By Gisele Dierks
Thank you all so much for your kind feedback on my first post. I love hearing your stories and learning more about Morningside.
Open Season/Spring Air
Last weekend was a bit windy, but we got some good flights in for springtime air. On that note I wanted to take a moment to remind everyone,, that we can’t be too hasty. This is especially pertinent to newer pilots who are anxious to get back in the sky. For some pilots it has been over a year since our last flights, with COVID keeping us grounded (physically). For others, it has still been a long winter, and it is easy to overdo it early on. Even for those fortunate enough to keep flying all winter in warmer places (you lucky little…) remember that this is the time of year in New England when thermals get crazy.
As the ground greens up and the white blanket of winter is forgotten that dark ground is a magnet for the sun’s energy. In a month or so once all of the leaves are out, transpiration will cause some more interesting air patterns and rain showers. The moral of the story is that spring air tends to be a lot stronger than summer air. When flying after a break in fresh situations, do us all a favor and learn from mistakes that have already been made, rather than re-enacting them yourself.
Flying is a Privilege
I recently found an old publication Jeff wrote in January 1986 called “Birdseed” which I will echo here. Essentially, we are guests at most of our launch sites and even more so in our landing zones! With an increasingly busy world, free flight is arguably in an even more precarious position than it was thirty or forty years ago. Regulating and insuring the sports seems to only become more complicated with each season. Keep in mind that every mistake you make from set up to launch to landing could endanger you, and everyone else in the flying community as well.
One example I have heard in safety briefings here at the park: several tree landings around Mt. Ascutney with local emergency response teams may end well for everyone the day of, but in the budget meeting several months later, they may scratch their heads and start asking why they let those crazy pilots launch the mountain and create so much extra work for the rescue team. If it were ever to become too much of a burden, they could tell us to stop launching there.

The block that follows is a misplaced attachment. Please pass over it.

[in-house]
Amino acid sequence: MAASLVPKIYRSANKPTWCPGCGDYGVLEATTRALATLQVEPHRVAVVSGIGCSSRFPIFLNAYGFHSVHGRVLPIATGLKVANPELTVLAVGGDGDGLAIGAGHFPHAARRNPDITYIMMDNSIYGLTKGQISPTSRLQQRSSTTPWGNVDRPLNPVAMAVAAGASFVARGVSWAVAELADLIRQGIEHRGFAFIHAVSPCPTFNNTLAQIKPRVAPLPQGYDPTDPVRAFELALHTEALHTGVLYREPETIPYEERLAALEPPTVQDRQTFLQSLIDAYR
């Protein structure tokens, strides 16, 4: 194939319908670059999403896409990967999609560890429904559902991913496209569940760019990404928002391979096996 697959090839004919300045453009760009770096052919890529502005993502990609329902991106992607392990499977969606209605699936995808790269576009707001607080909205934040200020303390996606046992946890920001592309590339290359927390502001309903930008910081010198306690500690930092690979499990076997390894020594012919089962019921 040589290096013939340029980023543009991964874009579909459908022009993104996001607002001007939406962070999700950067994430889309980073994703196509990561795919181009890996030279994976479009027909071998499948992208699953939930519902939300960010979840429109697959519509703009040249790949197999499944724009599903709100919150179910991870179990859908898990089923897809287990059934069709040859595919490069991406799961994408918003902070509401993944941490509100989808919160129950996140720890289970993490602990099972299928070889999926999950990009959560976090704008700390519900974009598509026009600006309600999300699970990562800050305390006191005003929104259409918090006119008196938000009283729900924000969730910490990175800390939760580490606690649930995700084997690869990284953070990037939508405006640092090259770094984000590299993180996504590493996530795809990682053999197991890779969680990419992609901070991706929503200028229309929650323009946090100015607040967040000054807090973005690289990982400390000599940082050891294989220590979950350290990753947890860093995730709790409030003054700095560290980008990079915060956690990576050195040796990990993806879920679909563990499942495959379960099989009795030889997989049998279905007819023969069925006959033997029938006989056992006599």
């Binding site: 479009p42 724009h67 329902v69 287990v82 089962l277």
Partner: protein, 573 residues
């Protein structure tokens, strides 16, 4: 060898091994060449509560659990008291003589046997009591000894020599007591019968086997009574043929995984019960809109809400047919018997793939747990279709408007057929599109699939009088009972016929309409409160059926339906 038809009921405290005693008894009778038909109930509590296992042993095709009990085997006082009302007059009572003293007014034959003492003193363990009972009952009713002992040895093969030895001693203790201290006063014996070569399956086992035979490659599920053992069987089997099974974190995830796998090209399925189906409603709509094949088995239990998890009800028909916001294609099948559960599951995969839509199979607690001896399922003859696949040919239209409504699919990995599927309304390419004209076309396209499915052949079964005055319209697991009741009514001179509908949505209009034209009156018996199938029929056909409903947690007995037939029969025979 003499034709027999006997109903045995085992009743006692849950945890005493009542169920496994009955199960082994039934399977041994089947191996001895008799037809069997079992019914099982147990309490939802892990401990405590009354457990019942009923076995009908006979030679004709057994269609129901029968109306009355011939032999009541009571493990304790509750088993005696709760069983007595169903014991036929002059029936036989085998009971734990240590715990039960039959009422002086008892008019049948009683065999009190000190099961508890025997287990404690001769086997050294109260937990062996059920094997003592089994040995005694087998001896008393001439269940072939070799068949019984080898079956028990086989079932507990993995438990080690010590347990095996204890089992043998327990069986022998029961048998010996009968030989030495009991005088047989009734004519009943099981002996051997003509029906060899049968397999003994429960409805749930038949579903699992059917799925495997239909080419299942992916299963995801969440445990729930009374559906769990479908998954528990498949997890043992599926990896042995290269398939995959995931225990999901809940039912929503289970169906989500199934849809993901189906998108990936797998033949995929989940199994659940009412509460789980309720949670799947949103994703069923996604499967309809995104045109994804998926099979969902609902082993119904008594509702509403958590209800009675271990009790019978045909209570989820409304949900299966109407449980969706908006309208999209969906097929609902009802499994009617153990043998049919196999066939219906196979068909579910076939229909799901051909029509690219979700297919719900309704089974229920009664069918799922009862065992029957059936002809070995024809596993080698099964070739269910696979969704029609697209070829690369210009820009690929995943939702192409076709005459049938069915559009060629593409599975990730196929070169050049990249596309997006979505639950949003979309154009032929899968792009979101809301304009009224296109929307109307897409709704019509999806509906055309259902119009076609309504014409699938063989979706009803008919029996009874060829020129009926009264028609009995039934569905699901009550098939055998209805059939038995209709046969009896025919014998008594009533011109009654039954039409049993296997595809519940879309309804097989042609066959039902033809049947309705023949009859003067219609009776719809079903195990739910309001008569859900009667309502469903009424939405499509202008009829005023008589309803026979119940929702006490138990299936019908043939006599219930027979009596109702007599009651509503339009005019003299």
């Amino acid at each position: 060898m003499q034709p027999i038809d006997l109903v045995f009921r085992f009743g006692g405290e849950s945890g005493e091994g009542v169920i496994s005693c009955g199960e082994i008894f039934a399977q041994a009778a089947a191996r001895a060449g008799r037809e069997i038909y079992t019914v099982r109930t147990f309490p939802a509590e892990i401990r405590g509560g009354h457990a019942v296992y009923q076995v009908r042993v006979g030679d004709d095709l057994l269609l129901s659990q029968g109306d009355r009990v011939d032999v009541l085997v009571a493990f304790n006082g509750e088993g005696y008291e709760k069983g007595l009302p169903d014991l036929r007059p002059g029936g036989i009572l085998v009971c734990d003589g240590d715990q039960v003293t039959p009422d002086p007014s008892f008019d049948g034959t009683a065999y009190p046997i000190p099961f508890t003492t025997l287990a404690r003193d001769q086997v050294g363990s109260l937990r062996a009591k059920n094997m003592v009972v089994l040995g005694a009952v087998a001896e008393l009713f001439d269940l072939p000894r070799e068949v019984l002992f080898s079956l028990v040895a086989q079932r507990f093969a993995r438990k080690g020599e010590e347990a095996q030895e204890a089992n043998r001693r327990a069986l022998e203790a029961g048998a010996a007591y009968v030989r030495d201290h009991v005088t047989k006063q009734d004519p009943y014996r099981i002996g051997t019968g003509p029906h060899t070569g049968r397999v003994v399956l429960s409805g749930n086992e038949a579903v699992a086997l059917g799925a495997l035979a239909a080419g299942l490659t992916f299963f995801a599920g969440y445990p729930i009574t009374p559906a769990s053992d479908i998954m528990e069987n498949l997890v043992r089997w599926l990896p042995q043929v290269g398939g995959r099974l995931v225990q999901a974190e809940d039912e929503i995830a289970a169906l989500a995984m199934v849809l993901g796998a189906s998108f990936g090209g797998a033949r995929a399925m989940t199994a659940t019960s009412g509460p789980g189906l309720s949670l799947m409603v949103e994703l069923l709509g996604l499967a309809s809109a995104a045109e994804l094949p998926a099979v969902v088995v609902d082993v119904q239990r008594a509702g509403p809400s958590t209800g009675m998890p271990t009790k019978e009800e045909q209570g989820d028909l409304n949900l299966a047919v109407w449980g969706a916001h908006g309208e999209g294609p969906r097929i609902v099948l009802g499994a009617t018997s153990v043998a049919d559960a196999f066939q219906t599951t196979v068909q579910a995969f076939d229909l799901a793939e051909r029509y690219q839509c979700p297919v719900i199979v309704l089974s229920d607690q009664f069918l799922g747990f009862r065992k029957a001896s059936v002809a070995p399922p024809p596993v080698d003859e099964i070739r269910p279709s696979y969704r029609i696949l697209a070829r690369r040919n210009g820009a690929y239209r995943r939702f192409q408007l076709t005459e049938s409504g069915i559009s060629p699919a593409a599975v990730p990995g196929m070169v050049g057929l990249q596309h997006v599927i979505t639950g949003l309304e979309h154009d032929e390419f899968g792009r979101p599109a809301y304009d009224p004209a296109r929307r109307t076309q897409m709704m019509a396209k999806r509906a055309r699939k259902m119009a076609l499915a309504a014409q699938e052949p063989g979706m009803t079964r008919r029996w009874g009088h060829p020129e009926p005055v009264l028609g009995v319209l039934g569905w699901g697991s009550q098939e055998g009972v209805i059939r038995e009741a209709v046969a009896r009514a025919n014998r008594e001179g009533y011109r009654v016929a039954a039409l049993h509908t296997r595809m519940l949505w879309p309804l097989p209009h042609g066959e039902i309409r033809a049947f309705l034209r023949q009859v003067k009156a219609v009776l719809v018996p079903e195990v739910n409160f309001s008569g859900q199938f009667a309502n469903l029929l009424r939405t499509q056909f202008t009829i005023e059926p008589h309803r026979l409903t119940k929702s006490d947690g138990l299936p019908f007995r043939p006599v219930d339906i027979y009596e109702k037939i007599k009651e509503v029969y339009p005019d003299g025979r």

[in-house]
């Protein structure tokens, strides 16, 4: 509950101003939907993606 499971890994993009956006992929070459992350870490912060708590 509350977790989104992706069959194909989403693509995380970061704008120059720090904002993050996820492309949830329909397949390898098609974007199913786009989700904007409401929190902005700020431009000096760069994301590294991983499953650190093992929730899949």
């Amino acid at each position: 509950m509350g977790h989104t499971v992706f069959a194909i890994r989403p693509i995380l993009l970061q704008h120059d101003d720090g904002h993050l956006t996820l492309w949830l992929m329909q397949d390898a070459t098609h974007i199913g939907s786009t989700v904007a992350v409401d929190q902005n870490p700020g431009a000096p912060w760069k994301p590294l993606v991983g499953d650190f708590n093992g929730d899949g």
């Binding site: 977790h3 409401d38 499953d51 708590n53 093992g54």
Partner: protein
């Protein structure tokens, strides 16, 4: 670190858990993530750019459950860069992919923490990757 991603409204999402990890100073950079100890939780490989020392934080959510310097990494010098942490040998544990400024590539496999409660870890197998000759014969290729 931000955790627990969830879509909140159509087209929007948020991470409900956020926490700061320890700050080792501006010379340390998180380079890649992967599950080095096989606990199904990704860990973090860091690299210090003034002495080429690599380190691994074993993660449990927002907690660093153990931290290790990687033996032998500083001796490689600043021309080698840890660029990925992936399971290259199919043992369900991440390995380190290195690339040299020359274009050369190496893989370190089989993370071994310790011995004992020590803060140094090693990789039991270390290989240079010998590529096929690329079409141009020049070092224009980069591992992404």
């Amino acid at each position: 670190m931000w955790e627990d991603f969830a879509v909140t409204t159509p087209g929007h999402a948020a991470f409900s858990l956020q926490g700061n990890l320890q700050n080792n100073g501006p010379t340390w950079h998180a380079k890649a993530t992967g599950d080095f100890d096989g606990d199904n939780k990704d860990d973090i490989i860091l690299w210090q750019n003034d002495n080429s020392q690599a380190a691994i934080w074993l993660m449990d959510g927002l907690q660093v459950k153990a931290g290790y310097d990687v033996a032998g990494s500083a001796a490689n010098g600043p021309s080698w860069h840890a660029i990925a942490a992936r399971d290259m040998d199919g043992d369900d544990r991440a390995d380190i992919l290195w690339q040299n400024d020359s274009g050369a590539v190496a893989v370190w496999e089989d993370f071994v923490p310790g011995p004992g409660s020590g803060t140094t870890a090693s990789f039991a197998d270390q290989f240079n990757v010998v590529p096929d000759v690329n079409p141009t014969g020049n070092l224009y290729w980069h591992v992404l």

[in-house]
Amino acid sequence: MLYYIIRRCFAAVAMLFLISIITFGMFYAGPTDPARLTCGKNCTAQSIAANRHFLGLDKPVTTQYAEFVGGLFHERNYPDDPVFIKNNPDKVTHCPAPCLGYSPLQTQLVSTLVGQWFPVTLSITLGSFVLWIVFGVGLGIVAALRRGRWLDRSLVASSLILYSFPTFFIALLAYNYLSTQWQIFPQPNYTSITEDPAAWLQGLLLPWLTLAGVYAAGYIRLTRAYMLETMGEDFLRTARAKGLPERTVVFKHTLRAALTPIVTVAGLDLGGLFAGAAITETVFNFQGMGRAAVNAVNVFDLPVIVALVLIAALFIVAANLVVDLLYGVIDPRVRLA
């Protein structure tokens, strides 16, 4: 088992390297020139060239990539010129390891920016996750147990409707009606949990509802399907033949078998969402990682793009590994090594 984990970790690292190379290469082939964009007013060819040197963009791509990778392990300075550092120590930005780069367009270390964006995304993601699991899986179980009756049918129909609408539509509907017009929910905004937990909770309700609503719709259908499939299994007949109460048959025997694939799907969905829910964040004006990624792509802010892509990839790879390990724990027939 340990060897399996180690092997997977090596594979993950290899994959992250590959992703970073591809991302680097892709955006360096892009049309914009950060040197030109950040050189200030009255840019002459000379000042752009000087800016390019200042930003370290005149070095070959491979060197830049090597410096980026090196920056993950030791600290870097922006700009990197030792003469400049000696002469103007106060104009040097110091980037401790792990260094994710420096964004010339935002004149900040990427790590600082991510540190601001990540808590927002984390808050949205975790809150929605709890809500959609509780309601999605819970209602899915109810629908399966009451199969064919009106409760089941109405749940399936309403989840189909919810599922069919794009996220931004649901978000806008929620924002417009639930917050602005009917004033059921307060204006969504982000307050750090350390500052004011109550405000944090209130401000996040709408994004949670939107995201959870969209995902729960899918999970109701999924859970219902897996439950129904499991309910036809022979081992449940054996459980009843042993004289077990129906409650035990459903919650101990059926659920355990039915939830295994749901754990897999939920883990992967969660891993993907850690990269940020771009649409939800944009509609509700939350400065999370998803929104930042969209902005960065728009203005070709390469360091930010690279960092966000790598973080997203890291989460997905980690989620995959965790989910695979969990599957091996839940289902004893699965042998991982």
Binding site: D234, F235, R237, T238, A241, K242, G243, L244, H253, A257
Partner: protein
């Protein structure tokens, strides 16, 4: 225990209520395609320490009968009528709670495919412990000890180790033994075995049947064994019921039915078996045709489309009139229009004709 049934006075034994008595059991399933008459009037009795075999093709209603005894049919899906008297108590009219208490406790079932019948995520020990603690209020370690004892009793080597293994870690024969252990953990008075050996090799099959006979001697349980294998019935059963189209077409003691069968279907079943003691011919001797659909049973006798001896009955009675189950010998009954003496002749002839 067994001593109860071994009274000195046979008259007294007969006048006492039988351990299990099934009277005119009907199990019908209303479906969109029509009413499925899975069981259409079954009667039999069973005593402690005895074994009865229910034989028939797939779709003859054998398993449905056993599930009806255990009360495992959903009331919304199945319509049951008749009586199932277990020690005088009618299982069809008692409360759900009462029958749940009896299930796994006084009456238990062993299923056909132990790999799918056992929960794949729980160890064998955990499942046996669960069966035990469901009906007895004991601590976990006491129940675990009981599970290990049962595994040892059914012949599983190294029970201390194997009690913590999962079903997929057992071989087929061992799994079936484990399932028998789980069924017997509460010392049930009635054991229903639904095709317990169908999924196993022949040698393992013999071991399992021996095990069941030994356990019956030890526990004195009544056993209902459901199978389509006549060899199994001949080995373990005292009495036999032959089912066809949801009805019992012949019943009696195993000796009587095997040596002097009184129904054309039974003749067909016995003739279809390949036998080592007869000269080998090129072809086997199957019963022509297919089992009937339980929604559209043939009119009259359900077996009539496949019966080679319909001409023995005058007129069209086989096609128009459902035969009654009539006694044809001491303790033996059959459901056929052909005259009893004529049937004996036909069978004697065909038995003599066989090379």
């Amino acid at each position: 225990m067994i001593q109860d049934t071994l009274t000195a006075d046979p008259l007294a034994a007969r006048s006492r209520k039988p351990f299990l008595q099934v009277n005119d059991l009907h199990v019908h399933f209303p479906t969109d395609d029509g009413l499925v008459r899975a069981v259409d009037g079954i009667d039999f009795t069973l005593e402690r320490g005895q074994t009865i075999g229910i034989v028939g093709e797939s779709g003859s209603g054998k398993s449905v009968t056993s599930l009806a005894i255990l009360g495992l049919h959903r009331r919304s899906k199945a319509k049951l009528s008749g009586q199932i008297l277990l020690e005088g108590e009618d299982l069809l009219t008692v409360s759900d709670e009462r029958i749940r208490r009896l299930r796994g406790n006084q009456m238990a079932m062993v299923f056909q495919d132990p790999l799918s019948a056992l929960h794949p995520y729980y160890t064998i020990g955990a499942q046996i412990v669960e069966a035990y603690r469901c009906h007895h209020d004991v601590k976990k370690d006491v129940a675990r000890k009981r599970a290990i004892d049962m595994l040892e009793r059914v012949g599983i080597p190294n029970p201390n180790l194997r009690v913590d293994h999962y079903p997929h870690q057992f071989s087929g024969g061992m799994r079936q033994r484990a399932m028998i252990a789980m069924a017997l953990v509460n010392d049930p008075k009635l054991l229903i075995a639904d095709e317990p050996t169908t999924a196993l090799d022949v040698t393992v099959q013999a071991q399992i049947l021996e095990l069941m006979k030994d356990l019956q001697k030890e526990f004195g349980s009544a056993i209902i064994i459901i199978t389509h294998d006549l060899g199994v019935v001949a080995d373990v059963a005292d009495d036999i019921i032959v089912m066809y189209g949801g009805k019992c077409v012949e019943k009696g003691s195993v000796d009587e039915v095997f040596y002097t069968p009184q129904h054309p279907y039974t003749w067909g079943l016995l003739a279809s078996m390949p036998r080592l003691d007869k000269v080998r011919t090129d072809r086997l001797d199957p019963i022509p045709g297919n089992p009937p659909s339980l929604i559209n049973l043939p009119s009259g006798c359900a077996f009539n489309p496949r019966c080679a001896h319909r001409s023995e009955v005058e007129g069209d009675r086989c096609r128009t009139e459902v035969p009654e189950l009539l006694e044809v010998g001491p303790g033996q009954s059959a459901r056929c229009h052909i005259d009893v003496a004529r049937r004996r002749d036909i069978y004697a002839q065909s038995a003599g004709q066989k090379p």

The same goes for landing zones… we rarely own them, and it is only due to good relations with land owners that we have them! If one person becomes a nuisance to them and they revoke their permission we all suffer. Laces, leg loops, lines, lock, and now… am I making a good and safe decision for myself and my community standing here?
While we wait for stable skies, it is a good idea to check and make sure everything else is in order. If you are flying other sites, make sure your memberships are up to date, your chute has been repacked, and for hang gliders, it may be a good idea to get your glider an annual inspection. We have Bobby Hastings back at the park and he will be doing glider annuals when he is not on the hill. In an effort to keep the knowledge alive, I think some of us younger HG pilots will be helping as well.
With so many experienced pilots around, I think the culture of formal yearly glider inspections has kind of fallen by the wayside, but I don’t think it is ever a bad idea to have another pair of trusted eyes on your aircraft, even if you can technically do it by yourself. If you are not familiar with your glider’s history, or if it got a few good whacks, I would recommend getting someone to look at it before you head to the skies! Like other preventative measures, this one is a bit less expensive than dealing with the consequences of a faulty aircraft.
I think that’s all for now! Thanks for reading and see you in the skies!
I’m looking forward to a great season of flying and learning!